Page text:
Grave­yard of ships

Be­low the sur­face at Chuuk La­goon

Paradise - - Contents -

For two days in 1944, all hell rained down on Chuuk La­goon. Op­er­a­tion Hail­stone, some­times called the ‘Ja­panese Pearl Har­bour,’ was a World War 2 airstrike by the US.

The airstrike ef­fec­tively wiped out this part of Mi­crone­sia as a ma­jor base for the Ja­panese war ef­fort. The Amer­i­cans de­stroyed three air­fields, many aircraft, build­ings, and gun em­place­ments; and sunk over 40 ships in the la­goon.

The ships now serve as a re­minder of tur­bu­lent times. Amaz­ingly well pre­served, con­sid­er­ing their time in a salt­wa­ter en­vi­ron­ment, they act as a bea­con to divers and are Chuuk’s main tourist at­trac­tion, mak­ing it the best wreck-dive lo­ca­tion in the world.

One of the most com­fort­able ways to ac­cess the div­ing is on the lux­ury live-aboard dive ves­sel, the Odyssey.

It has spa­cious ac­com­mo­da­tion for 16, a large dive deck, beau­ti­ful lounge and din­ing ar­eas, great meals and ex­cel­lent dive guides. Their dive brief­ings are the best that I have ex­pe­ri­enced, and the dive sites match the stan­dard of the ves­sel.

Most of the ves­sels sunk here were pas­sen­ger lin­ers, con­verted into cargo ships and sub­ma­rine ten­ders. There are a few de­stroy­ers, and a sub­ma­rine too, though most of the war­ships had left the har­bour just be­fore the at­tack.

Many of the wrecks are for ex­pe­ri­enced divers, with the av­er­age depth of div­ing more than 30 me­tres. There is plenty to see out­side the wrecks, but more ex­pe­ri­enced divers can head in­side to see the cramped spa­ces of the holds and en­gine rooms.

In such tight spa­ces, a diver’s finning tech­nique must be per­fect to avoid stir­ring up the silt and rust that lies on the bot­tom in all of these rooms. Those that can’t, quickly find that the vis­i­bil­ity is re­duced to zero as the muck clouds the wa­ter, mak­ing the wreck a very dan­ger­ous place to be in for the un­wary. Thank­fully the Odyssey’s dive guides are all very knowl­edge­able about the routes around the in­nards of these ves­sels, and can safely lead divers through ar­eas that suit their abil­i­ties.

There are sev­eral must-dive wrecks in the la­goon. Most weeks start off with some of the eas­ier wrecks, in terms of depth and pen­e­tra­tion. Vis­i­bil­ity on these wrecks is gen­er­ally ex­cel­lent, and there are no cur­rents, mak­ing the dives much eas­ier.

My week started at the Heian Maru. ( Maru is the Ja­panese term for mer­chant ship.)

One of the most com­fort­able ways to ac­cess the div­ing is on the lux­ury live-aboard dive ves­sel, the Odyssey. Their dive brief­ings are the best that I have ex­pe­ri­enced, and the dive sites match the stan­dard of the ves­sel.

This ves­sel is ly­ing on its port side in 35 me­tres of wa­ter, with the star­board side in 18 me­tres, mak­ing it an easy dive for most. It is one of the larger ves­sels in the la­goon, at around 156 me­tres long.

As a first dive here, it is jaw-drop­ping. Drop­ping down near the bow, the huge shape of the wreck be­comes ap­par­ent. Easy ac­cess to the for­ward hold shows divers mas­sive ar­ma­ment shells, once des­tined for a Ja­panese bat­tle­ship.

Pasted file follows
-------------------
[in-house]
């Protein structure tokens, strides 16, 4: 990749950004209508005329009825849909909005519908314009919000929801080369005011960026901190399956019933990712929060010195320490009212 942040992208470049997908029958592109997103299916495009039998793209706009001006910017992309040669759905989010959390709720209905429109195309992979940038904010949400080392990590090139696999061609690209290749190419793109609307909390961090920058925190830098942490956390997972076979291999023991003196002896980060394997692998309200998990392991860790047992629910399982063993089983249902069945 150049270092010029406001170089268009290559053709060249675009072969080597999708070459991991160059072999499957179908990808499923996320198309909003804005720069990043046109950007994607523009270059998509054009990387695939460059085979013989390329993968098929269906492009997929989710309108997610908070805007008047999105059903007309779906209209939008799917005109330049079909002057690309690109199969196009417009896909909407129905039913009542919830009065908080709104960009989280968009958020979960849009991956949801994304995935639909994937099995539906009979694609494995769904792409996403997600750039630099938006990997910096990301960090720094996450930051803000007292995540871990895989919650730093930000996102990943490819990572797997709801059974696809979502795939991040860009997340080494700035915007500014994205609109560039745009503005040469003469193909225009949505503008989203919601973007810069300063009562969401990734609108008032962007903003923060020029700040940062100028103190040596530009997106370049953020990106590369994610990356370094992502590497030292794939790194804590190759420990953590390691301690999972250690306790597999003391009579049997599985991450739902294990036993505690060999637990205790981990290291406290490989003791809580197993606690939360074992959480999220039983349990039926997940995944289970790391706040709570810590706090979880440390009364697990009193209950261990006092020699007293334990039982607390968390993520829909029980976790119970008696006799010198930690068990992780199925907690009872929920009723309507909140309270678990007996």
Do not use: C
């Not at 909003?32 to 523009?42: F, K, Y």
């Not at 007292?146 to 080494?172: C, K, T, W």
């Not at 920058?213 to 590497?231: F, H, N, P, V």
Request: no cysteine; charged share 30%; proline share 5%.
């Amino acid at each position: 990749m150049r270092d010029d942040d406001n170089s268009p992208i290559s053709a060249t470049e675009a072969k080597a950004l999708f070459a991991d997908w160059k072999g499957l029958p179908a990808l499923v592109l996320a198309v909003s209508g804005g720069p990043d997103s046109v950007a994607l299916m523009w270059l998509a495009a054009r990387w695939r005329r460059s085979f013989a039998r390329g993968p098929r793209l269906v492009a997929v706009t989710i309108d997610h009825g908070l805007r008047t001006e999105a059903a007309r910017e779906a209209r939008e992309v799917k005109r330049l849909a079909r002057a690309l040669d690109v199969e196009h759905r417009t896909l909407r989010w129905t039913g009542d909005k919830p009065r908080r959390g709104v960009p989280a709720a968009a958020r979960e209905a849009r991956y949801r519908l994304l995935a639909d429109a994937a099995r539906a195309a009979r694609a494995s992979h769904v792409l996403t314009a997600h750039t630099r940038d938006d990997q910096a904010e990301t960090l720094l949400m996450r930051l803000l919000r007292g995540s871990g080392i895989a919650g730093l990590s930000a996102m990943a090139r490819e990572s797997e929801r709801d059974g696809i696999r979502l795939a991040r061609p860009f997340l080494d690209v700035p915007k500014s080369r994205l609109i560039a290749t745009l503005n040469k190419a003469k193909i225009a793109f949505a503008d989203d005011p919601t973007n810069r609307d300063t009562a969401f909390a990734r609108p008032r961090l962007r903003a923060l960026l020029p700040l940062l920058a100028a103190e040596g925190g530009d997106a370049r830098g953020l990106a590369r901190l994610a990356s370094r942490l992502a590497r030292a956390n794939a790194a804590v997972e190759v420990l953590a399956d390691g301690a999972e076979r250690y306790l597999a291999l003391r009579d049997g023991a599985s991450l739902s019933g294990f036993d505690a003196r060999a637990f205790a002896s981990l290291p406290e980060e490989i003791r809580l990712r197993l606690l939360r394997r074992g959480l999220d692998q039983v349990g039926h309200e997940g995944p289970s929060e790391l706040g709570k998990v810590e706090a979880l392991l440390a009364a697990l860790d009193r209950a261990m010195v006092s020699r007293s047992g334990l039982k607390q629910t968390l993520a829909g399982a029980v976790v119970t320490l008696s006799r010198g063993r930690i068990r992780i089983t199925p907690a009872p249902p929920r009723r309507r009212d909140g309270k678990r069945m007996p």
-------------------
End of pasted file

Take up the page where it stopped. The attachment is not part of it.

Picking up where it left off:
Divers then pass through the su­per­struc­ture, along walk­ways to the stern of the ship where mas­sive pro­pel­lers and a huge rud­der await, be­fore a slow as­cent takes them to the deco bar for an oblig­a­tory stop be­fore re­turn­ing to the dive boat.

The Hoki Maru has a hold filled with trucks, the Nippo Maru has a tank on its main deck, and the Fu­jikawa Maru has a hold filled with Zero aero­plane bod­ies and mo­tors, all at a depth of 35 me­tres or less. For some­thing dif­fer­ent, a Betty bomber lies just short of the air­field on Et­ten Is­land, one of sev­eral plane wrecks in the area.

The Odyssey also does a shark dive at Pizion Pas­sage, a south­ern en­trance to the la­goon. Black­tip, grey-reef and sil­ver­tip sharks come to feed on the bait and de­light the watch­ing divers.

The best wreck in the la­goon, and pos­si­bly the world, is left for late in the trip. The

San Fran­cisco Maru lies up­right in just over 60 me­tres of wa­ter. The top of the mast is around the 30-me­tre mark, and the deck is at 50 me­tres, mak­ing it a dive only for the ex­pe­ri­enced.

For those who are able to dive it, the tag of ‘Mil­lion Dol­lar Wreck’ is au­to­mat­i­cally ap­par­ent. It still has most of its cargo in­tact. Three bat­tle tanks sit on the deck at 50 me­tres, as does a truck, slightly lean­ing over the side and point­ing down at its twin, which now re­sides on the seafloor be­low. Descend­ing into its holds, divers see more trucks, hemi­spher­i­cal shaped land mines, boxes full of cordite, and more.

The bow gun is par­tic­u­larly im­pres­sive, and due to the depth and lo­ca­tion the vis­i­bil­ity here is usu­ally ex­cel­lent. Bot­tom times are short due to the ex­treme depths, and de­com­pres­sion stops long, but this dive alone makes the trip worth­while.

Air Ni­ug­ini flies from Port Moresby to Chuuk every Wed­nes­day and Satur­day. See airni­ug­ini.com.pg.

Get­ting wrecked ... 20 me­tres be­low the sur­face, a diver floats over a Betty bomber (op­po­site page); the live- aboard Odyssey (above); the Odyssey's din­ing room (left); an air com­pres­sor in the en­gine room of the

Fu­jikawa Maru (right).

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